Thursday, September 6, 2007

My Typewriters

I was having a conversation via private messages with someone from one of the message boards I frequent recently, and somehow the topic of conversation moved over to talking about typewriters. This got me reminiscing about days gone by.

My very first typewriter was a kids' typewriter, about a foot square in dimensions. It came with its own light blue plastic carrying case which latched and had a handle. Good thing too as I used to take that thing around everywhere I went (this would have been the later part of my elementary school years, around 1975 or so). No doubt I got it for my birthday or Christmas, after seeing one in the Sears Wishbook or Montgomery Wards catalog. Naturally, I didn't know how to really type them - so I mostly did the hunt-and-peck with index fingers. While that typewriter is long long gone, I think I might still have a few of the stories I typed up back then on it (using lined filler paper sheets).

Since I got so much use out of that working toy one, my parents eventually upgraded me to a more full sized manual typewriter. They actually got it from a friend of the family ('Uncle' Dan) who was upgrading the machines in his insurance office and offered one of the older models to my parents for me. Of course, this was all metal and much much heavier, so my days of portable typing were put to an end (for now). This baby sat square on my desk in my bedroom where I used it quite extensively. I remember that this one had the two-color ribbon (black and red) so it added some variations that the old toy one couldn't cover. This manual typewriter lasted me through my junior high school days and into the start of high school.

When I did get into high school, I took advantage of the opportunity early on to sign up for the typing class. Now, mostly the class consisted of girls who were thinking they might go the secretarial route someday. The guys in the classes usually were those thinking about college and thus could put good typing skills to use to do papers. Yup, this was the late 70's/early 80's and things were narrow minded like that. What can I say? Anyway, I remember my teacher well - Mr. Odebralwski, who also was the teacher for bookkeeping (I had him for that class the following year). He made the class a lot of fun, and in no time I was flying through two-handed typing at over 35 words a minute.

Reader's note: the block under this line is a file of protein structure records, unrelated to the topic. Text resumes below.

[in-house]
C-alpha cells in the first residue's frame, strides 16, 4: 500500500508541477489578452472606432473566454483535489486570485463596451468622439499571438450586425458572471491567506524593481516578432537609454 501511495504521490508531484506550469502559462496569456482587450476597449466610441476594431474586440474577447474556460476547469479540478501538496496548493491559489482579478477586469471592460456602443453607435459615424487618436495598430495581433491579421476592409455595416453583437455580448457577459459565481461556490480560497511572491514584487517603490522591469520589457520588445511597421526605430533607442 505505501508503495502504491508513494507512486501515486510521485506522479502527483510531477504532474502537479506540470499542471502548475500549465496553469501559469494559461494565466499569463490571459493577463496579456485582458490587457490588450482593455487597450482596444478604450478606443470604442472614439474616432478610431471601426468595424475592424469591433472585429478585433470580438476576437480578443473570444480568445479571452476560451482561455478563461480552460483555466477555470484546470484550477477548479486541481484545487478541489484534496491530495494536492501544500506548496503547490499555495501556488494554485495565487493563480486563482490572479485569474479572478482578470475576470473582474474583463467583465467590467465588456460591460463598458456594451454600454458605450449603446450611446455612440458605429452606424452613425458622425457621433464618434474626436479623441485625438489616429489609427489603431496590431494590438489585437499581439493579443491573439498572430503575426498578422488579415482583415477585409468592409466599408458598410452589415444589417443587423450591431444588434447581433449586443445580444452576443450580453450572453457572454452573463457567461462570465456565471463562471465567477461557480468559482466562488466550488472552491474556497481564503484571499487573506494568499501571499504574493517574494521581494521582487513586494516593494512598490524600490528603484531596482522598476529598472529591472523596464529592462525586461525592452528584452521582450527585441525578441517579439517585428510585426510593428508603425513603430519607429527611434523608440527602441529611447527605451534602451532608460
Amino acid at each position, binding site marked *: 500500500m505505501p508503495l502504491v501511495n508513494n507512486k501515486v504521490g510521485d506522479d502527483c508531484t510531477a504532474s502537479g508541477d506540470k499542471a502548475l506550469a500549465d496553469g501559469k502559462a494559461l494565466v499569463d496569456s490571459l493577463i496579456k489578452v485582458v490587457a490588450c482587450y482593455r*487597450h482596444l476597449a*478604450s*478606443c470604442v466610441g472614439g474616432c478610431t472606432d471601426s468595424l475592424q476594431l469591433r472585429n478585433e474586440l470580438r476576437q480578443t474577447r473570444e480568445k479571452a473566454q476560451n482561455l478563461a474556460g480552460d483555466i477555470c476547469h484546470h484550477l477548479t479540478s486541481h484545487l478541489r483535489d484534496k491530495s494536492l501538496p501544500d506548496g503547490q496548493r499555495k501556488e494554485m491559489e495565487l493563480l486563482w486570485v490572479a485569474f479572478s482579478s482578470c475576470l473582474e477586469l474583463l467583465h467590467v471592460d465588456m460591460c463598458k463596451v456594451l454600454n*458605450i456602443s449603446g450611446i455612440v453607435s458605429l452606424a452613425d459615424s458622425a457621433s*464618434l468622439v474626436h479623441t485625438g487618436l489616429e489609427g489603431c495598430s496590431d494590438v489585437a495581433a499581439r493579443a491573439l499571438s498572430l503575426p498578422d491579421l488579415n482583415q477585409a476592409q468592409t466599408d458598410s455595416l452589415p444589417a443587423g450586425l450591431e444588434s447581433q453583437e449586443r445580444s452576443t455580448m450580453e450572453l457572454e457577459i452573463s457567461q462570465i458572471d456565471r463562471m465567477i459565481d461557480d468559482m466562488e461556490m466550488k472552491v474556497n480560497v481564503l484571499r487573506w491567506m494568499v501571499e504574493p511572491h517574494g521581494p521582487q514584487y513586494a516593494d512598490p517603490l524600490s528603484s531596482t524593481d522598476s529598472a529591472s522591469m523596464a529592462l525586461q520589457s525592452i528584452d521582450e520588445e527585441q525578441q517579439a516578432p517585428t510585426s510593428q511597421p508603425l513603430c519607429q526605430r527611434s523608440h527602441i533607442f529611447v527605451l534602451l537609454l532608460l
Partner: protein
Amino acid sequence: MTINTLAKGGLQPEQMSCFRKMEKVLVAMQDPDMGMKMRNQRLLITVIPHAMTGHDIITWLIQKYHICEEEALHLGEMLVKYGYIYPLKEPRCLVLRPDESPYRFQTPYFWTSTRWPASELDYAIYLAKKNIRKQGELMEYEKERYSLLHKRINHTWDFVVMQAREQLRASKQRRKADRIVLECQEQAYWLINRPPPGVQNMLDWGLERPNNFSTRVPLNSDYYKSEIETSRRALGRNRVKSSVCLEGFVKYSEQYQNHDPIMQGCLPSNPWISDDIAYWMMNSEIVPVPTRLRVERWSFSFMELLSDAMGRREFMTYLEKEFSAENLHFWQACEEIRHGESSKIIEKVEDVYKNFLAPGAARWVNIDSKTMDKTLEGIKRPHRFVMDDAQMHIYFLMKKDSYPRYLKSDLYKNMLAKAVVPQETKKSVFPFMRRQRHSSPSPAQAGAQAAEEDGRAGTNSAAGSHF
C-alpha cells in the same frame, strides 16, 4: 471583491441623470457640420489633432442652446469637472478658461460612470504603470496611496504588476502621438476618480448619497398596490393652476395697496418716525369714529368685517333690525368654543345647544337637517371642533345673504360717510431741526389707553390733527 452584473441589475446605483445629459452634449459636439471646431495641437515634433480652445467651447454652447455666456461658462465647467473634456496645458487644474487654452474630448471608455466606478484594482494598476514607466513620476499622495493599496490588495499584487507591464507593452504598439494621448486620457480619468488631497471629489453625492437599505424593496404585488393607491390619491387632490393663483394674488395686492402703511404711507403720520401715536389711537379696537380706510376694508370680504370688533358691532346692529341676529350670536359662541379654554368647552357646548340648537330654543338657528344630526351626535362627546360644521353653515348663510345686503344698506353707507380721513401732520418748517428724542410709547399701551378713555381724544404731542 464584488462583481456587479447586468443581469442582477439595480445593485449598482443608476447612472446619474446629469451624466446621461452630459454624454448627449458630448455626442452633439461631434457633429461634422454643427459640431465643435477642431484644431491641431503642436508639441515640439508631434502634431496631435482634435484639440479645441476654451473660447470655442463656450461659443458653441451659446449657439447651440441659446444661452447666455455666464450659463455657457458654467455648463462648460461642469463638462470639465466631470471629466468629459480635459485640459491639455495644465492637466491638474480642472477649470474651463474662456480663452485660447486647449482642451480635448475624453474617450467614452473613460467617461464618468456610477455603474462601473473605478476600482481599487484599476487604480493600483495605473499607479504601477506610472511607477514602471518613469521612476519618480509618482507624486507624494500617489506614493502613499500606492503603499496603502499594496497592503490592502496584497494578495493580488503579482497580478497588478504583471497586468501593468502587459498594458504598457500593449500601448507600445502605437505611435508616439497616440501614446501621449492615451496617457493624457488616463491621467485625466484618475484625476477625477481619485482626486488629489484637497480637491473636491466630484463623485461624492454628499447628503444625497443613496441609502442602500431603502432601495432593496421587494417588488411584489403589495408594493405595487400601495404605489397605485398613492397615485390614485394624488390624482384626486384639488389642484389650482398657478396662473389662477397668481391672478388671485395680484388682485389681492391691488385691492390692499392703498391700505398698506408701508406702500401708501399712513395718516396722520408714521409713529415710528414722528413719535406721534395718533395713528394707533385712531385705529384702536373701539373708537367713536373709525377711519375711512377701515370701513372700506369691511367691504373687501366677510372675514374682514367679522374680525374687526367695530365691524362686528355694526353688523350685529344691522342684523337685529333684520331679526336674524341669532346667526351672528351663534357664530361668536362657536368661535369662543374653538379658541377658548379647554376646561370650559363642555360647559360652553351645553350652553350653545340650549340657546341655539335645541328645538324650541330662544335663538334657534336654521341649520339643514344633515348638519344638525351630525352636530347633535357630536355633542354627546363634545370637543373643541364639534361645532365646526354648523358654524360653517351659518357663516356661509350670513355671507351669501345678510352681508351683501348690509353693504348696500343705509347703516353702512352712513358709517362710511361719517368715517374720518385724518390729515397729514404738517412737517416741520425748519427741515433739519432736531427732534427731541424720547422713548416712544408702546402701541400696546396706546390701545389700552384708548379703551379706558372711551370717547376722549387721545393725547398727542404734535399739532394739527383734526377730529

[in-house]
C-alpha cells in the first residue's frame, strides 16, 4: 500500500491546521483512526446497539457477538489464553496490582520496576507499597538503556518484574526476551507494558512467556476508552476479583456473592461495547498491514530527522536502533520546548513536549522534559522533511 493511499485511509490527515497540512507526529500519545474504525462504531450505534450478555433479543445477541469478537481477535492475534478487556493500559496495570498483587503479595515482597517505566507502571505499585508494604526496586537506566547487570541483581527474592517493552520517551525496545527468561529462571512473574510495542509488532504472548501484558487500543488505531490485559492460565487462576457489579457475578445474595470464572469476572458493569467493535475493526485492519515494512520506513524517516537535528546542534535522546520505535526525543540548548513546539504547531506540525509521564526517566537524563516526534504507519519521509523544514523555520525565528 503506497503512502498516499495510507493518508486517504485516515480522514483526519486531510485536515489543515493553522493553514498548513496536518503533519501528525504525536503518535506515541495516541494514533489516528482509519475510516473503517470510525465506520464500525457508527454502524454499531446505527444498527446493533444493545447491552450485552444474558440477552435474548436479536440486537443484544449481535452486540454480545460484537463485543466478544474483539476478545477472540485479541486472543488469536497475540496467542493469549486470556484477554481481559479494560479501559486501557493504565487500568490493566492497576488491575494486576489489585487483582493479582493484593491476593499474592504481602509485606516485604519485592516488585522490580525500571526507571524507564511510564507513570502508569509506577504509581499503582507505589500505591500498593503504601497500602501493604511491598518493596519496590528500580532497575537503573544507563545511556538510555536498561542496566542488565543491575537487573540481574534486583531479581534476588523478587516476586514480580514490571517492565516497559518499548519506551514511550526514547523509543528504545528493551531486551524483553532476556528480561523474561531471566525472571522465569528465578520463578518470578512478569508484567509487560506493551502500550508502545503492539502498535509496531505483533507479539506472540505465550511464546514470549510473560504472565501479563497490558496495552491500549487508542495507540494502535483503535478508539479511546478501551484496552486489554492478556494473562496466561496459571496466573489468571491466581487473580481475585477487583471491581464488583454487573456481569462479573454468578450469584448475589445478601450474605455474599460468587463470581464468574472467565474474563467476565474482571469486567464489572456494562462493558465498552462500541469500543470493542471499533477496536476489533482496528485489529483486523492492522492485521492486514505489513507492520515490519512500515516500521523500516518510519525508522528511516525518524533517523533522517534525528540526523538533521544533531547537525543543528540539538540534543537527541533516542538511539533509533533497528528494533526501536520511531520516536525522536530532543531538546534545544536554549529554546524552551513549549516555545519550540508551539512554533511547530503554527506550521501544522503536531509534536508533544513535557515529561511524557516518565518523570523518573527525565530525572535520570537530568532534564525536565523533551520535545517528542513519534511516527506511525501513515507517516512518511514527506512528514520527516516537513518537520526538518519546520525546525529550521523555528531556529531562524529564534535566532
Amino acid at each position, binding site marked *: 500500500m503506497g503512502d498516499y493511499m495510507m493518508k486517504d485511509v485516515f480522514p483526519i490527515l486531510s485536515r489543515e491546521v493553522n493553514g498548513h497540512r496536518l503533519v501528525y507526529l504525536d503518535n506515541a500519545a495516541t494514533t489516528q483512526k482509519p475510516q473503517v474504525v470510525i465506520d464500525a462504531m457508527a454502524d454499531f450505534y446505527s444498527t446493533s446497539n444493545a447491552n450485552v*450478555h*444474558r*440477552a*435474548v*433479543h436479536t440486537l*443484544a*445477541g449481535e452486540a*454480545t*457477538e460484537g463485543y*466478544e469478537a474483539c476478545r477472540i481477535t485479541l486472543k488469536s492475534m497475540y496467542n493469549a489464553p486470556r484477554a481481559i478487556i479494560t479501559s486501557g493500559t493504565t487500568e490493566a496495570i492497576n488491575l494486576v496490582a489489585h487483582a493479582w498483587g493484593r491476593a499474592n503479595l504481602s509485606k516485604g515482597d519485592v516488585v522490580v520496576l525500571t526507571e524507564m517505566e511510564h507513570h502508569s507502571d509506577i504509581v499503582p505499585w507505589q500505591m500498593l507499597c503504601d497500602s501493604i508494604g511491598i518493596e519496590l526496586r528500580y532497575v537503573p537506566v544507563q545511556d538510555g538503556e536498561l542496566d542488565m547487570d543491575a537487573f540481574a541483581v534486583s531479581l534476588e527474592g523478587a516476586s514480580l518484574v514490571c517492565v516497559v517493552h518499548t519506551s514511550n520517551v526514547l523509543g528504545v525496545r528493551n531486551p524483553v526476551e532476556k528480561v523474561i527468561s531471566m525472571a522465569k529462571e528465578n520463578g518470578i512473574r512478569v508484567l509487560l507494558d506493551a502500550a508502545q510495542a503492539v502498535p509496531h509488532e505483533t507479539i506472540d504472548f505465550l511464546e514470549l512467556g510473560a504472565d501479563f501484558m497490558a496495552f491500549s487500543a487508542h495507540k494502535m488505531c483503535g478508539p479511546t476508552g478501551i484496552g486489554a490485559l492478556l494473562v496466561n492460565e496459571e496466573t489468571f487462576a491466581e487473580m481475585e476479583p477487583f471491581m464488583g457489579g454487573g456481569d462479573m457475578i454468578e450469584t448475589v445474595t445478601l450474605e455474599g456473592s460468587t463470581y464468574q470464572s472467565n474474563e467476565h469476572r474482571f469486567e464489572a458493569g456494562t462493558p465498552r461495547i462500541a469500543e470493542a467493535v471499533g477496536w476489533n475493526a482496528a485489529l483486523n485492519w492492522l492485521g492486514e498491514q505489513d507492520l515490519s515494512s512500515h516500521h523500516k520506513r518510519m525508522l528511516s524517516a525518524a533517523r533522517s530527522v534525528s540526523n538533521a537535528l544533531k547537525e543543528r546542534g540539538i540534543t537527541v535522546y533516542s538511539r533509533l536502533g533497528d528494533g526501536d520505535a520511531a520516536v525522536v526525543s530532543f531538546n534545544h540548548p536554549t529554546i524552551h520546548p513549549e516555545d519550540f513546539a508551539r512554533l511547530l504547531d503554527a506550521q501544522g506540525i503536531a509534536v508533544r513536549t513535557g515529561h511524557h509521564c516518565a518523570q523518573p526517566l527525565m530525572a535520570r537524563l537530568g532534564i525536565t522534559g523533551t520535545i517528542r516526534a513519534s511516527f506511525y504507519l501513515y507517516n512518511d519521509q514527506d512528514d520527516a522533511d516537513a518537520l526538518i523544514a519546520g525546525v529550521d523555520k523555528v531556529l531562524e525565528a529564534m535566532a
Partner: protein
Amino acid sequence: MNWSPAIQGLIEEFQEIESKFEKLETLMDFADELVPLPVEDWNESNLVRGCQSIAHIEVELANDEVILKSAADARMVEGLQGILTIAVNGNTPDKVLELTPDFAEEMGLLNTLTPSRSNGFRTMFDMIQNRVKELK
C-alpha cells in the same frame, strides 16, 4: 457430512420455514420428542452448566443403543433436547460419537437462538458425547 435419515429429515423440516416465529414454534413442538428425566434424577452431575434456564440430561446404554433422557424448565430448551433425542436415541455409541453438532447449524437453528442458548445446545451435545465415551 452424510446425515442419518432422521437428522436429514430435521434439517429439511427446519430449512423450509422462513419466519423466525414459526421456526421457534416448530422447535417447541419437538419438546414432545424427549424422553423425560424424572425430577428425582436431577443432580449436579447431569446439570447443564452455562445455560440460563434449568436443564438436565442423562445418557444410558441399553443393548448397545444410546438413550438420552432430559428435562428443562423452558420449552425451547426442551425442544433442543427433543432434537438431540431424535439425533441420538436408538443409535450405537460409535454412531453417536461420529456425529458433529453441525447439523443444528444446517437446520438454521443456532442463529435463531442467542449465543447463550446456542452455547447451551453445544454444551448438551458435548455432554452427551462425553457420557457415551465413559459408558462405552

As a result, my parents got me for my birthday (either my 15th or 16th) a brand new electric typewriter. I remember this one very well - it was a black Silver Reed model, not nearly as tall or as heavy as the older portable I had before it. The ribbons it used had both black in as well as corrective while strips (but the corrective often wore out faster so I used other corrective means in the meantime). It came with a think plastic cover so I could keep dust off of it when it was on my desk. It also came with a very thick plastic carrying case with a handle so that I could take it places if need be. Yes, I was back to mobile typing again! (okay, not as much but still...)

My Silver Reed served me well all through high school and college. All my academic research papers and a lot of fiction were written up on that typewriter - a number of which I still have in my filing cabinets in my 'cave' in the house today. It travelled me back and forth to college in Rochester each semester. It also came with me when I worked my co-ops in Dover, NJ, and Kingston, NY. I used it pretty extensively for over a decade until we got our first home computer in the early 90's.

It wasn't until our second to last move, when I was getting this out of the attic, that I ran across this typewriter again. Seeing it again brought back memories that one would get of finding their old two-wheeler in the back of the garage at their parents' house after they had grown up and moved away. It was still solid and powered up just fine. The ribbon had long since dried up, and I hadn't picked up replacements in years so likely finding one would have been impossible. By this point too (2003) we were so entrenched in the computer-printer age that keeping around a typewriter that we never used didn't make sense. It was just something else to gather dust. So, with a heavy heart, I got rid of it.

Still, I have the memories and some of the pieces I type on it. Those are momento enough I guess.

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